Canada’s Plan to Regulate Internet Blasted by Twitter and More, Reveal Unsealed Documents
Professor Michael Geist, Canada Research Chair in internet and e-commerce law at the University of Ottawa in a recent blog post shared a trove of submissions from the Government of Canada’s online harms consultation that had previously not been made public.
Included are submissions from Twitter, TikTok, Microsoft, Pinterest, the Business Software Alliance, and more, all heavily criticizing the government’s plans. Even Canada’s largest telecom companies (Bell, Rogers, Telus, Cogeco, Quebecor, and Shaw) provided a joint submission.
Only a fraction of consultation submissions were actually made public by Canadian Heritage, while the rest were never disclosed — until now. Geist was able to acquire these submissions by filing an Access to Information Act request to compel disclosure by law of the consultation submissions.
Geist’s request took months to process but netted him a 1,162-page file containing hundreds of consultation submissions that previously hadn’t seen the light of day.
According to the University of Ottawa professor, this broader package of consultation submissions goes to show that the government was determined to keep the majority of submissions hidden from the public eye until legally compelled to release them, that a lot more internet platforms participated in the consultation than previously disclosed, and that feedback on the government’s plans was overwhelmingly negative.
The most notable submission came from Twitter, Geist noted, which warned that the proactive monitoring of content proposed by the government:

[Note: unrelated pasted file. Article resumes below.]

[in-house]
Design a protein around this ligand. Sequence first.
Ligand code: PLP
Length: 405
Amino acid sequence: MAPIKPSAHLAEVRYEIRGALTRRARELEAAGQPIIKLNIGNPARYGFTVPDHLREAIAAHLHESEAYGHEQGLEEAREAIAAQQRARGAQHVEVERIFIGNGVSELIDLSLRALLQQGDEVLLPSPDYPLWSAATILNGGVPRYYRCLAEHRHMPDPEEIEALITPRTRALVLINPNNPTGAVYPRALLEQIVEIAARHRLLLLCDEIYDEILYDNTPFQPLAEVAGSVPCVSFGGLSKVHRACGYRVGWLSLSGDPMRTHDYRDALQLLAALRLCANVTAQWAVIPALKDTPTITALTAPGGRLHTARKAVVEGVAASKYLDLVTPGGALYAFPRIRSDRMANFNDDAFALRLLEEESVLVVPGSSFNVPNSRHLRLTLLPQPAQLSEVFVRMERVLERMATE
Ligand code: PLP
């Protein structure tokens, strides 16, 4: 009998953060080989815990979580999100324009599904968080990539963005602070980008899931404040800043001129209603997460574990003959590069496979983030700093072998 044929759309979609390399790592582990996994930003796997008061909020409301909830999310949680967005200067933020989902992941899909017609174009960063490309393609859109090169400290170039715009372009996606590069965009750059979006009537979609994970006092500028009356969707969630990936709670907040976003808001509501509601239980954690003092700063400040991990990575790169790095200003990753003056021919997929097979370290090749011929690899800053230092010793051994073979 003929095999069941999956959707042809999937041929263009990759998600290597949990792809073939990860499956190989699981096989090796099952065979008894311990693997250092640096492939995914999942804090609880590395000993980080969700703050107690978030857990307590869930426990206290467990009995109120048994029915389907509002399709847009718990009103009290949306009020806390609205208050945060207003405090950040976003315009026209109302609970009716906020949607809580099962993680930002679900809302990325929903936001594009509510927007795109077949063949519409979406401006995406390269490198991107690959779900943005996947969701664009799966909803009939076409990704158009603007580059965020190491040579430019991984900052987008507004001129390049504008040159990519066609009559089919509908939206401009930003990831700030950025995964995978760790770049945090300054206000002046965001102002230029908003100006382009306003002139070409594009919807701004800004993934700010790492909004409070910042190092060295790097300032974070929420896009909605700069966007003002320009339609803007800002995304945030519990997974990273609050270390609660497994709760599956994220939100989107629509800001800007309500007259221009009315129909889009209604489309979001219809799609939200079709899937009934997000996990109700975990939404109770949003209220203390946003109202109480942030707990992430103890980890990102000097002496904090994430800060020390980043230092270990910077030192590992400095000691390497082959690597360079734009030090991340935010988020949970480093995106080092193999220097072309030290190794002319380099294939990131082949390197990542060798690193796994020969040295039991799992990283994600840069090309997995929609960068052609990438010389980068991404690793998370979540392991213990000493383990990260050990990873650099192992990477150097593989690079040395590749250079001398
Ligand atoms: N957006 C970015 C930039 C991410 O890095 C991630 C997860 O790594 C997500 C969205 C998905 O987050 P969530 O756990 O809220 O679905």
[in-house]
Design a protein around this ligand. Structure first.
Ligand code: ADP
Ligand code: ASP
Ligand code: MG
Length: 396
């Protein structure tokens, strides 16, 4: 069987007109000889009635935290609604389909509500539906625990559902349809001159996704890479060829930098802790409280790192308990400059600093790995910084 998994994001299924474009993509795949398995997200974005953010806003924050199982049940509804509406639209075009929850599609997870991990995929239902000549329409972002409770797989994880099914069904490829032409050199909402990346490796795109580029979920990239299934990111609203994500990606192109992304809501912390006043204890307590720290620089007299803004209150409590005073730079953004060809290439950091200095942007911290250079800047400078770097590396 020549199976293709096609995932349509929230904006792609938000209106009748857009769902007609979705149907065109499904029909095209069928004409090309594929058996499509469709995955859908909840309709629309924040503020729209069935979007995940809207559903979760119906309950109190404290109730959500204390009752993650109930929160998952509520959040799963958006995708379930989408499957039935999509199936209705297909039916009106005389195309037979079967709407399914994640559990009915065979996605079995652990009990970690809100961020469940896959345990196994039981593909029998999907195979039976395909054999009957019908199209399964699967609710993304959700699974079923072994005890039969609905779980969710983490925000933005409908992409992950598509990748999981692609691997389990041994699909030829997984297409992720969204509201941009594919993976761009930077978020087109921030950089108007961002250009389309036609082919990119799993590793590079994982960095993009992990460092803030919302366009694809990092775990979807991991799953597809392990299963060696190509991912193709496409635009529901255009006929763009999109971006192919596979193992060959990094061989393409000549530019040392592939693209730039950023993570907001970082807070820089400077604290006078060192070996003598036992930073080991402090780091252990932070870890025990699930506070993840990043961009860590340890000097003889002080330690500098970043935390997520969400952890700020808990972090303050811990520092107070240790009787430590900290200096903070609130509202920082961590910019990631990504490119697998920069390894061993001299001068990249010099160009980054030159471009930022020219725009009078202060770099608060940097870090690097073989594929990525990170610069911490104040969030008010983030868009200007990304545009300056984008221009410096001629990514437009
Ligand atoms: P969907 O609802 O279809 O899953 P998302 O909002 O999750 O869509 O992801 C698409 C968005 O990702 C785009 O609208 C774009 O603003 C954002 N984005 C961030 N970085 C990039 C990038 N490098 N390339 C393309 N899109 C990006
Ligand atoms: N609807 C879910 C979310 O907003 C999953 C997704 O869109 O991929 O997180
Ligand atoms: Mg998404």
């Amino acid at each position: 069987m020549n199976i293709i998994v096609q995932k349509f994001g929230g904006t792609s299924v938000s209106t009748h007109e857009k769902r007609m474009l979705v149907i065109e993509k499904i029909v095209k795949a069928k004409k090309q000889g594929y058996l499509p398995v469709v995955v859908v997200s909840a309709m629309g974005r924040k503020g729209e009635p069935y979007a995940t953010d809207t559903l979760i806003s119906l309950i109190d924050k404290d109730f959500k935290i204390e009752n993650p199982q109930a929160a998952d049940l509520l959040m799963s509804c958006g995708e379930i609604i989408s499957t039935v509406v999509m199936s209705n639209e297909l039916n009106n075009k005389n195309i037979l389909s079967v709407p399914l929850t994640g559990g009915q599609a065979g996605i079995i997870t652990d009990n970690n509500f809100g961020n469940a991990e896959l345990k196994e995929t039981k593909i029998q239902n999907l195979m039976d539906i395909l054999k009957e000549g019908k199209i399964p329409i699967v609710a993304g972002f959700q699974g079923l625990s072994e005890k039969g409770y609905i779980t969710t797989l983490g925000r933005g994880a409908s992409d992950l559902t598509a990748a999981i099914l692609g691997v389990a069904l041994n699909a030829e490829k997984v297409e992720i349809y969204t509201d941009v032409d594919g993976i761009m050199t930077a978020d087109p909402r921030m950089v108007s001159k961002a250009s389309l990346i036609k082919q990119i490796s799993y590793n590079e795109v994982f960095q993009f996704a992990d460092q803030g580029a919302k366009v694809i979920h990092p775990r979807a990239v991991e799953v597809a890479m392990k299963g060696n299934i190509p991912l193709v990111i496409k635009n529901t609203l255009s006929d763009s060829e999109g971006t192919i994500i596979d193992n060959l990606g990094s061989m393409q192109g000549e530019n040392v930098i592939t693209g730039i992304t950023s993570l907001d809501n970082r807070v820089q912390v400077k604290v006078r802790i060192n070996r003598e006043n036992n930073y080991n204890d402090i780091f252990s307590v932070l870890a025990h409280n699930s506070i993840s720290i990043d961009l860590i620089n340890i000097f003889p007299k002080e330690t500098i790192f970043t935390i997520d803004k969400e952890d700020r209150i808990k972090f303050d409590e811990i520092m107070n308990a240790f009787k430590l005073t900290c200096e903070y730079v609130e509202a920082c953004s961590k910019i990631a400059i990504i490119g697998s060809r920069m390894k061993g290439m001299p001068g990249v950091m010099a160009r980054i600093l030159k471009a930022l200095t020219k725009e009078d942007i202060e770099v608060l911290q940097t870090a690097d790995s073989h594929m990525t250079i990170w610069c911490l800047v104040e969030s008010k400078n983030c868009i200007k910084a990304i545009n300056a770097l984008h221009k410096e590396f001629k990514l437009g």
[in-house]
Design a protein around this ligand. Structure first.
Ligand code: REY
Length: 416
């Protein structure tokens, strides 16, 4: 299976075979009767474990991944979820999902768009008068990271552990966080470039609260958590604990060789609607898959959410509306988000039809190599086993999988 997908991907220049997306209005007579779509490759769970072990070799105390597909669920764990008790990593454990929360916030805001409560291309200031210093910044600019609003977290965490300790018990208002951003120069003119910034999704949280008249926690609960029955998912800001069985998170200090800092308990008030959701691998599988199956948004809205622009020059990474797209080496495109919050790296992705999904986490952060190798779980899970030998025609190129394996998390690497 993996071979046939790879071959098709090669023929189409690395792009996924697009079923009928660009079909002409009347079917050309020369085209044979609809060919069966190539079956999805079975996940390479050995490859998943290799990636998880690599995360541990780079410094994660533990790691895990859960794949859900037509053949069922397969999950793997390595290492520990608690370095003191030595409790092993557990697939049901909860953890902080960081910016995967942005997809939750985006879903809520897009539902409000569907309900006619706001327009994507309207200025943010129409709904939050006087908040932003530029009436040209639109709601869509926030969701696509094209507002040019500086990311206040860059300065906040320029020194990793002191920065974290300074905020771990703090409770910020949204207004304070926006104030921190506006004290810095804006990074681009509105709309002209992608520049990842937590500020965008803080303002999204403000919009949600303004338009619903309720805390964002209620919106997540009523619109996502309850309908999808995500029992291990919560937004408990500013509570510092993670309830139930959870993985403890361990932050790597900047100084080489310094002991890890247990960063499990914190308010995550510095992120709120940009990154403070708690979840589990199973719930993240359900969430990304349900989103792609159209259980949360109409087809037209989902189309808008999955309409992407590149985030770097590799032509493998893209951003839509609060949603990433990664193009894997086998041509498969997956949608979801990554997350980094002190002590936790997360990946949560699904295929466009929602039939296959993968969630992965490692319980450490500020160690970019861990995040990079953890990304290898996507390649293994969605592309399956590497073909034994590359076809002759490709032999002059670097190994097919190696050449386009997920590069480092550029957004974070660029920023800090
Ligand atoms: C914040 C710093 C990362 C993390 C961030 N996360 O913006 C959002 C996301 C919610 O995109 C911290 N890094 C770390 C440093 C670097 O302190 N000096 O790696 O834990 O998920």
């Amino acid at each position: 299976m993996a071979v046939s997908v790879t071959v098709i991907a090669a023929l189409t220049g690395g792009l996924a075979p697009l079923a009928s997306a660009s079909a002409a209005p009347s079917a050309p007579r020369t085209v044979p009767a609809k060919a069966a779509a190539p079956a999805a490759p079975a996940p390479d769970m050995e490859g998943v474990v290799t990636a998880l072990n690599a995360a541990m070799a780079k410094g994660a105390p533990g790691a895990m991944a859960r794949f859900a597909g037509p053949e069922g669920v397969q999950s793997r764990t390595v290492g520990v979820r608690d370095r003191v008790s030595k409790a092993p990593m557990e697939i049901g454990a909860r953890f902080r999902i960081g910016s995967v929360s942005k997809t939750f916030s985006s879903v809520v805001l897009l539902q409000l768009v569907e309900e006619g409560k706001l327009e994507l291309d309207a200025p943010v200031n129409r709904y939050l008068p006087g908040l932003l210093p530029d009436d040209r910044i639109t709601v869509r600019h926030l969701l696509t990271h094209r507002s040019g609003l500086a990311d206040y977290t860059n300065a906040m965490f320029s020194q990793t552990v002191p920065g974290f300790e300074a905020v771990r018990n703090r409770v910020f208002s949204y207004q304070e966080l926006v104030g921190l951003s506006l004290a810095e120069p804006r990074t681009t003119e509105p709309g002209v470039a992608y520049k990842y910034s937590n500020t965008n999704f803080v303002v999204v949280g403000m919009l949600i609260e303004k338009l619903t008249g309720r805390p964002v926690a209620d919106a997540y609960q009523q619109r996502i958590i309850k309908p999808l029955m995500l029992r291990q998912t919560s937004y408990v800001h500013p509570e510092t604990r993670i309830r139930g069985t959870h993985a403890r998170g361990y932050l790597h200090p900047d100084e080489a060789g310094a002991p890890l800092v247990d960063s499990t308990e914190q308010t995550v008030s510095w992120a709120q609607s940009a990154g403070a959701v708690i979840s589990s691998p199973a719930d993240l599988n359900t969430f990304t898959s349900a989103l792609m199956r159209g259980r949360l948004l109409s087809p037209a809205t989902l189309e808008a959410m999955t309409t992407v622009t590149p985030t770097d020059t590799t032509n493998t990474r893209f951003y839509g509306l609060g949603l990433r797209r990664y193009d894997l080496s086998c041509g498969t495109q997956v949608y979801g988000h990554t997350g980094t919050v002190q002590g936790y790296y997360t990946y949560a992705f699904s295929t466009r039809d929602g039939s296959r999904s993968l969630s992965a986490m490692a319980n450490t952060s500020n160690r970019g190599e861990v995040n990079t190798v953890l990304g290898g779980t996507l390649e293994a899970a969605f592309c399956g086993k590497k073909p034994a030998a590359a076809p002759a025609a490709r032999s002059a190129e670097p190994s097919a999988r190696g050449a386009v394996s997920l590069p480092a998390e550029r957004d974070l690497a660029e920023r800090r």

“sacrifices freedom of expression to the creation of a government run system of surveillance of anyone who uses Twitter. Even the most basic procedural fairness requirements you might expect from a government-run system such as notice or warning are absent from this proposal. The requirement to ‘share’ information at the request of Crown is also deeply troubling.”
Twitter went on to blast the government’s website blocking plans, likening it to China, North Korea, and Iran:
The proposal by the government of Canada to allow the Digital Safety Commissioner to block websites is drastic. People around the world have been blocked from accessing Twitter and other services in a similar manner as the one proposed by Canada by multiple authoritarian governments (China, North Korea, and Iran for example) under the false guise of ‘online safety’ impeding peoples’ rights to access information online.
Further, there are no checks or balances on the commissioner’s authority, such as the requirement of judicial authorization or warnings to service providers. The government should be extremely mindful of setting such a precedent – if Canada wants to be seen as a champion of human rights, a leader in innovation and in net neutrality globally, it must also set the highest standards of clarity, transparency and due process in its own legislation.
The plans were even opposed by groups that might have been expected to support the proposal, including the Canadian Centre for Child Protection, the National Association of Friendship Centres, the Safe Harbour Outreach Project, and the National Council of Canadian Muslims.
Canadian Heritage Minister Pablo Rodriguez has agreed to re-assess the government’s planned online harms policy with a new expert panel, rebranding the proposal as “online safety.” However, Geist says “the entire consultation process is an absolute embarrassment to the government.”
Despite massive pushback from internet platforms and social groups, the federal government is still marching forward with what Geist calls “anti-internet policies” in Bill C-11, which seeks to regulate online content, and Bill C-18, which will force internet giants to pay for links to Canadian news outlets.